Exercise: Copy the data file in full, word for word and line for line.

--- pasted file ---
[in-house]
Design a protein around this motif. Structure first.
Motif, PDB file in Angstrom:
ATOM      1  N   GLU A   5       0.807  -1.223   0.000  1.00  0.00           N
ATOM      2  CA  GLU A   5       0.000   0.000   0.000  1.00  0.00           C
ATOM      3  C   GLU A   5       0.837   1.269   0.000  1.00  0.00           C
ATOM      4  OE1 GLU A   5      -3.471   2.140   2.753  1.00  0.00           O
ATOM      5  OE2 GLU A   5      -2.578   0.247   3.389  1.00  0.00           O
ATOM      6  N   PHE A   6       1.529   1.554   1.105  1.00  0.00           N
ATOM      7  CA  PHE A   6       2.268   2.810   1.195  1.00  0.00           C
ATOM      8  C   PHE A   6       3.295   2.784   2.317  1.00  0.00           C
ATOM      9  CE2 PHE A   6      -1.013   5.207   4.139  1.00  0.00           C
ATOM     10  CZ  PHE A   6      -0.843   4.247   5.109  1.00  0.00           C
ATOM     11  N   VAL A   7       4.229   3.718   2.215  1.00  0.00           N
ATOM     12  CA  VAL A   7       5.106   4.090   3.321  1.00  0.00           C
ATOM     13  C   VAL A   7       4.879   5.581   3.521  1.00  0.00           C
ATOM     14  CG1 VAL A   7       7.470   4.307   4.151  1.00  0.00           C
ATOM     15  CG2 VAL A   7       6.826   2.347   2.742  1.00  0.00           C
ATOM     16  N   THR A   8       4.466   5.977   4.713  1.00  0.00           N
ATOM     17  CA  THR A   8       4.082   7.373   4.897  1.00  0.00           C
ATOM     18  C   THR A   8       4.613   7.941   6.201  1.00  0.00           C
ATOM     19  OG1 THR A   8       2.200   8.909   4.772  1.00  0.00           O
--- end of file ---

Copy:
[in-house]
Design a protein around this motif. Structure first.
Motif, PDB file in Angstrom:
ATOM      1  N   GLU A   5       0.807  -1.223   0.000  1.00  0.00           N
ATOM      2  CA  GLU A   5       0.000   0.000   0.000  1.00  0.00           C
ATOM      3  C   GLU A   5       0.837   1.269   0.000  1.00  0.00           C
ATOM      4  OE1 GLU A   5      -3.471   2.140   2.753  1.00  0.00           O
ATOM      5  OE2 GLU A   5      -2.578   0.247   3.389  1.00  0.00           O
ATOM      6  N   PHE A   6       1.529   1.554   1.105  1.00  0.00           N
ATOM      7  CA  PHE A   6       2.268   2.810   1.195  1.00  0.00           C
ATOM      8  C   PHE A   6       3.295   2.784   2.317  1.00  0.00           C
ATOM      9  CE2 PHE A   6      -1.013   5.207   4.139  1.00  0.00           C
ATOM     10  CZ  PHE A   6      -0.843   4.247   5.109  1.00  0.00           C
ATOM     11  N   VAL A   7       4.229   3.718   2.215  1.00  0.00           N
ATOM     12  CA  VAL A   7       5.106   4.090   3.321  1.00  0.00           C
ATOM     13  C   VAL A   7       4.879   5.581   3.521  1.00  0.00           C
ATOM     14  CG1 VAL A   7       7.470   4.307   4.151  1.00  0.00           C
ATOM     15  CG2 VAL A   7       6.826   2.347   2.742  1.00  0.00           C
ATOM     16  N   THR A   8       4.466   5.977   4.713  1.00  0.00           N
ATOM     17  CA  THR A   8       4.082   7.373   4.897  1.00  0.00           C
ATOM     18  C   THR A   8       4.613   7.941   6.201  1.00  0.00           C
ATOM     19  OG1 THR A   8       2.200   8.909   4.772  1.00  0.00           O